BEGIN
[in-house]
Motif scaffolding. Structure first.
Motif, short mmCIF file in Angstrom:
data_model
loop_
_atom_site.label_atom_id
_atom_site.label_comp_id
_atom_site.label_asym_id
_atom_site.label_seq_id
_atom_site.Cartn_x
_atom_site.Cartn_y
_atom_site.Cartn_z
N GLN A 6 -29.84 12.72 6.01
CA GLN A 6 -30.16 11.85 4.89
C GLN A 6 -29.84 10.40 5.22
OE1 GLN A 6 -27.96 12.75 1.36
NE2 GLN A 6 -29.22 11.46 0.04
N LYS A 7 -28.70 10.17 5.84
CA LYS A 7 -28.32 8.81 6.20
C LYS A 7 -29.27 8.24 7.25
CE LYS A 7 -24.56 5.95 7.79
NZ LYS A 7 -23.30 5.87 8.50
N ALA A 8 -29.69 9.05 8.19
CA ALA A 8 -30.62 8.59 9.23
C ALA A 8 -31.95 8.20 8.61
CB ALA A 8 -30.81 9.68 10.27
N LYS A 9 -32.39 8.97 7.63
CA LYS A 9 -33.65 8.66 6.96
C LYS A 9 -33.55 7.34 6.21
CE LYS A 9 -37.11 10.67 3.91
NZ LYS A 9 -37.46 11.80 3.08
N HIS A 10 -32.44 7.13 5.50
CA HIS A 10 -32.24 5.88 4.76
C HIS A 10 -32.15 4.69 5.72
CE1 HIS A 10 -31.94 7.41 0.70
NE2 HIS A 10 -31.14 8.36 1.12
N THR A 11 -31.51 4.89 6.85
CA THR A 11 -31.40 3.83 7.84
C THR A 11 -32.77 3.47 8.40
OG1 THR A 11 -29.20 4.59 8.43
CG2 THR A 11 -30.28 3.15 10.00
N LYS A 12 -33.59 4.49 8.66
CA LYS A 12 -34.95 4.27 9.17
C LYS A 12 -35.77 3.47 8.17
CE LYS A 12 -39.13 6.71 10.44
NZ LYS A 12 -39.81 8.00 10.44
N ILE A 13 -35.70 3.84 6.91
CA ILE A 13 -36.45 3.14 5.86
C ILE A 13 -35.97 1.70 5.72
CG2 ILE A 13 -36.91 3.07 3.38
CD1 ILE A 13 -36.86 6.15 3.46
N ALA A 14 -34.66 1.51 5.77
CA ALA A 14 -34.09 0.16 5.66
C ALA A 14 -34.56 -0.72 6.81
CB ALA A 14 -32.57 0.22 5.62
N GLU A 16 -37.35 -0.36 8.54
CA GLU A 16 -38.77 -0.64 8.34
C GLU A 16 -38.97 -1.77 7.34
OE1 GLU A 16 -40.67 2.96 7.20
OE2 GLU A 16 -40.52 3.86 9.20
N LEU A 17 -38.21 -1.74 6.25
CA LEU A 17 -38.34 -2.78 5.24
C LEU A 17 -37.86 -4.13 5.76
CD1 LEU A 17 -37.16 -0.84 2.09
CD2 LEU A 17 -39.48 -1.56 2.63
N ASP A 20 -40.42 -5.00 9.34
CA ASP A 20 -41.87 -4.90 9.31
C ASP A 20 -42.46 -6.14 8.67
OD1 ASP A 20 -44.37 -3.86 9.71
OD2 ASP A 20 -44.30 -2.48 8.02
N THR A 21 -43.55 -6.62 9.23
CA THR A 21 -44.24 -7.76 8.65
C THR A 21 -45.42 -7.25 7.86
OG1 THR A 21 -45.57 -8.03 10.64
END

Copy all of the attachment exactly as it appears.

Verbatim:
[in-house]
Motif scaffolding. Structure first.
Motif, short mmCIF file in Angstrom:
data_model
loop_
_atom_site.label_atom_id
_atom_site.label_comp_id
_atom_site.label_asym_id
_atom_site.label_seq_id
_atom_site.Cartn_x
_atom_site.Cartn_y
_atom_site.Cartn_z
N GLN A 6 -29.84 12.72 6.01
CA GLN A 6 -30.16 11.85 4.89
C GLN A 6 -29.84 10.40 5.22
OE1 GLN A 6 -27.96 12.75 1.36
NE2 GLN A 6 -29.22 11.46 0.04
N LYS A 7 -28.70 10.17 5.84
CA LYS A 7 -28.32 8.81 6.20
C LYS A 7 -29.27 8.24 7.25
CE LYS A 7 -24.56 5.95 7.79
NZ LYS A 7 -23.30 5.87 8.50
N ALA A 8 -29.69 9.05 8.19
CA ALA A 8 -30.62 8.59 9.23
C ALA A 8 -31.95 8.20 8.61
CB ALA A 8 -30.81 9.68 10.27
N LYS A 9 -32.39 8.97 7.63
CA LYS A 9 -33.65 8.66 6.96
C LYS A 9 -33.55 7.34 6.21
CE LYS A 9 -37.11 10.67 3.91
NZ LYS A 9 -37.46 11.80 3.08
N HIS A 10 -32.44 7.13 5.50
CA HIS A 10 -32.24 5.88 4.76
C HIS A 10 -32.15 4.69 5.72
CE1 HIS A 10 -31.94 7.41 0.70
NE2 HIS A 10 -31.14 8.36 1.12
N THR A 11 -31.51 4.89 6.85
CA THR A 11 -31.40 3.83 7.84
C THR A 11 -32.77 3.47 8.40
OG1 THR A 11 -29.20 4.59 8.43
CG2 THR A 11 -30.28 3.15 10.00
N LYS A 12 -33.59 4.49 8.66
CA LYS A 12 -34.95 4.27 9.17
C LYS A 12 -35.77 3.47 8.17
CE LYS A 12 -39.13 6.71 10.44
NZ LYS A 12 -39.81 8.00 10.44
N ILE A 13 -35.70 3.84 6.91
CA ILE A 13 -36.45 3.14 5.86
C ILE A 13 -35.97 1.70 5.72
CG2 ILE A 13 -36.91 3.07 3.38
CD1 ILE A 13 -36.86 6.15 3.46
N ALA A 14 -34.66 1.51 5.77
CA ALA A 14 -34.09 0.16 5.66
C ALA A 14 -34.56 -0.72 6.81
CB ALA A 14 -32.57 0.22 5.62
N GLU A 16 -37.35 -0.36 8.54
CA GLU A 16 -38.77 -0.64 8.34
C GLU A 16 -38.97 -1.77 7.34
OE1 GLU A 16 -40.67 2.96 7.20
OE2 GLU A 16 -40.52 3.86 9.20
N LEU A 17 -38.21 -1.74 6.25
CA LEU A 17 -38.34 -2.78 5.24
C LEU A 17 -37.86 -4.13 5.76
CD1 LEU A 17 -37.16 -0.84 2.09
CD2 LEU A 17 -39.48 -1.56 2.63
N ASP A 20 -40.42 -5.00 9.34
CA ASP A 20 -41.87 -4.90 9.31
C ASP A 20 -42.46 -6.14 8.67
OD1 ASP A 20 -44.37 -3.86 9.71
OD2 ASP A 20 -44.30 -2.48 8.02
N THR A 21 -43.55 -6.62 9.23
CA THR A 21 -44.24 -7.76 8.65
C THR A 21 -45.42 -7.25 7.86
OG1 THR A 21 -45.57 -8.03 10.64